The discovery of a powerful new tool capable of addressing health and environmental problems as diverse as malaria, Lyme disease, and invasive species should be a cause for celebration. But, because the tool, called CRISPR, can alter entire populations of wild organisms (and thus shared ecosystems), ensuring that these interventions are developed responsibly poses an unprecedented challenge for science and society.
Humans have been altering animals and plants through selective breeding for millennia; but, because these changes typically reduce the capacity for survival and reproduction in the wild, they do not spread to wild populations. Alterations accomplished using CRISPR, which enables scientists to edit a cell's DNA with unprecedented precision, are different in one crucial respect: The process can result in “gene drive,” a naturally occurring feature of some genes that enables them to spread through a population over generations, even if they do not help survival (and thus reproduction).
Simply put, we can now contemplate altering wild populations in very specific and consequential ways. Those changes can be highly positive. By altering certain features of mosquitoes, we could reduce or even eradicate ancient scourges such as malaria and dengue that afflict hundreds of millions of people each year. (Malaria alone kills a child every 90 seconds, on average.) By permanently immunising the relevant animal populations, we could prevent new cases of Lyme and other diseases that originate in wild organisms, or we could block newly emergent pathogens such as the Zika virus, which has been linked to an epidemic of stunted brain development in newborns in Latin America.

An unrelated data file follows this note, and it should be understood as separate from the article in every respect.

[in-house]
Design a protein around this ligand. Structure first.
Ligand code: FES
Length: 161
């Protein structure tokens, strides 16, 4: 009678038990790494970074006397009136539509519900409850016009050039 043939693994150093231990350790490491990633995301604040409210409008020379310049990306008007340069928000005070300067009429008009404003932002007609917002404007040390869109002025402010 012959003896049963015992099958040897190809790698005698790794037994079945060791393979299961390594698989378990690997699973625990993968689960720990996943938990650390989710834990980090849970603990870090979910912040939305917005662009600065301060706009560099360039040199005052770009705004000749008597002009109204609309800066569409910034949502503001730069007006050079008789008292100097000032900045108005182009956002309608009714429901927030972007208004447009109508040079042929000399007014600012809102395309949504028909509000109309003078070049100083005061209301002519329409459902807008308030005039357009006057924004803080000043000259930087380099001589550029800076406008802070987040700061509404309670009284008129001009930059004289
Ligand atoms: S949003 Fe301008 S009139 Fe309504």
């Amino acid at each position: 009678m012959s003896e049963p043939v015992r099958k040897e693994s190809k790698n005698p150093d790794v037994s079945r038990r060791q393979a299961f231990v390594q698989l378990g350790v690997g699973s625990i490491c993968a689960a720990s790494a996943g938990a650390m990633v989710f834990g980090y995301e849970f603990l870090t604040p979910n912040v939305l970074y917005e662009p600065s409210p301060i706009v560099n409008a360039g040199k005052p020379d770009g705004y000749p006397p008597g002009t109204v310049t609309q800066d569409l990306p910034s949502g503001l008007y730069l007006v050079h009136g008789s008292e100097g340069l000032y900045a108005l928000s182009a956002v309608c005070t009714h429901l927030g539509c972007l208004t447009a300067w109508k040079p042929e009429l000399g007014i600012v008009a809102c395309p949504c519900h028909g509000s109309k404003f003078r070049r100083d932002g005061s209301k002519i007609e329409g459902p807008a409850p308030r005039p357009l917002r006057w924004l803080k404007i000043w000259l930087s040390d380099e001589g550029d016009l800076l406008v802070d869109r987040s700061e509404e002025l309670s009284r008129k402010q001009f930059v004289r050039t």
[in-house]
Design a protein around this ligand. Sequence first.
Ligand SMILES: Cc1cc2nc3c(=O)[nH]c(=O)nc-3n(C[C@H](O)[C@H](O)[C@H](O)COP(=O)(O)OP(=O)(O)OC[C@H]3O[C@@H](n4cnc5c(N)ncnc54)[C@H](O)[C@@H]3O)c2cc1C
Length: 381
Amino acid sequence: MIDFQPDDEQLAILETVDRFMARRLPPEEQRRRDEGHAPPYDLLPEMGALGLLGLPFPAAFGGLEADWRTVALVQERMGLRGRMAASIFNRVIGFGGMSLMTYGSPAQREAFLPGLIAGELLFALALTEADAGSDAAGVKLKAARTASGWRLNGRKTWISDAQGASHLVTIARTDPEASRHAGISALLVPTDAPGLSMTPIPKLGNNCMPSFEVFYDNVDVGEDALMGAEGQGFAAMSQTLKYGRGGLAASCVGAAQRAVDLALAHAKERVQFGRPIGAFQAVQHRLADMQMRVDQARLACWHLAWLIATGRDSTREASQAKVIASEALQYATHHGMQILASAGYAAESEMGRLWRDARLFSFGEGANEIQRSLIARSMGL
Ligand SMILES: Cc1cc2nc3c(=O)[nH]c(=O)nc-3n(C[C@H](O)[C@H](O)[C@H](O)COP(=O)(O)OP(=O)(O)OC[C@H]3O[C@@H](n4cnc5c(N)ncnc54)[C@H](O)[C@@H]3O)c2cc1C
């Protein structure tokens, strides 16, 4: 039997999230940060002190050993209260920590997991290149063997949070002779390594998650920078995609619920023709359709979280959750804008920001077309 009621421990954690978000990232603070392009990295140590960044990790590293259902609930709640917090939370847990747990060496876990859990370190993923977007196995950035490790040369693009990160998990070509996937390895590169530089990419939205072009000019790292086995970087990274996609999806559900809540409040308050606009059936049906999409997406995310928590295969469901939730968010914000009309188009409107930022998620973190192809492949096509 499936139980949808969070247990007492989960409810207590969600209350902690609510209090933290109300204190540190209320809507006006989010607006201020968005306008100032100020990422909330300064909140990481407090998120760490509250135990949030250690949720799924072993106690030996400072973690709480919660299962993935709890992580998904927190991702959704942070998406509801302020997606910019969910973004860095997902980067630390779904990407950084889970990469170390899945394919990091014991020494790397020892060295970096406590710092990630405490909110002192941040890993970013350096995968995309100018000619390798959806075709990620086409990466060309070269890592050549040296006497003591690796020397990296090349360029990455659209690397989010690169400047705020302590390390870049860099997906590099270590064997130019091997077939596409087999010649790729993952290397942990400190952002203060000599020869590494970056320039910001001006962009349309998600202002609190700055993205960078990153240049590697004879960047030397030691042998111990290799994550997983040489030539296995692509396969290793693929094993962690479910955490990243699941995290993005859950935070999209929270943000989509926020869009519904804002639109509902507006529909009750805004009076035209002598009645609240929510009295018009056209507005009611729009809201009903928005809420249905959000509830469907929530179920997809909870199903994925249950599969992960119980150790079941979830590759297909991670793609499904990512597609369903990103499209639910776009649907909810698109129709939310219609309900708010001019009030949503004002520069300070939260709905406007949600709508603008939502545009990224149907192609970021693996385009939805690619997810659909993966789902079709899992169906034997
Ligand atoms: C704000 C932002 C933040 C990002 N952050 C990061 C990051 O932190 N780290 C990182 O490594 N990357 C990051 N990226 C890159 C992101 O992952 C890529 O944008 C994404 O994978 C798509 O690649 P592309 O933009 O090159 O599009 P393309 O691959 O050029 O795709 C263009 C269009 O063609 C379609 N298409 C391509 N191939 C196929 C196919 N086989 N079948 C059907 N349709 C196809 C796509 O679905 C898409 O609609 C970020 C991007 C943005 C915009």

As for the environment, human activities have already impacted every ecosystem on Earth, with far-reaching consequences – for us and many other species – many of which are yet to unfold. Gene drive elements could potentially reverse much of this damage. For example, limiting invasive species – such as cane toads in Australia, mosquitoes in Hawaii, or rats and mice almost everywhere – could help to restore damaged biomes. And eliminating pests' attraction to our crops, without diminishing their capacity to fulfil their other ecological roles, would remove the need for toxic pesticides.
As we attempt to realise these tremendous potential benefits, however, we must bear in mind that the effects of gene drive interventions will be shared by entire communities. Given the vast complexity of ecosystems, careful research will be needed to assess the consequences of each intervention before proceeding.
CRISPR gene drives also highlight a problem that goes beyond ecology: Existing systems for developing and evaluating new technologies are woefully inadequate for powerful new tools with broad impacts. It should be self evident that technologies like gene drives, which don't require widespread adoption to have a widespread effect, should never be released without informed community consent. Yet history shows the opposite pattern, with decision making seldom factoring in environmental consequences or citizens' opinions.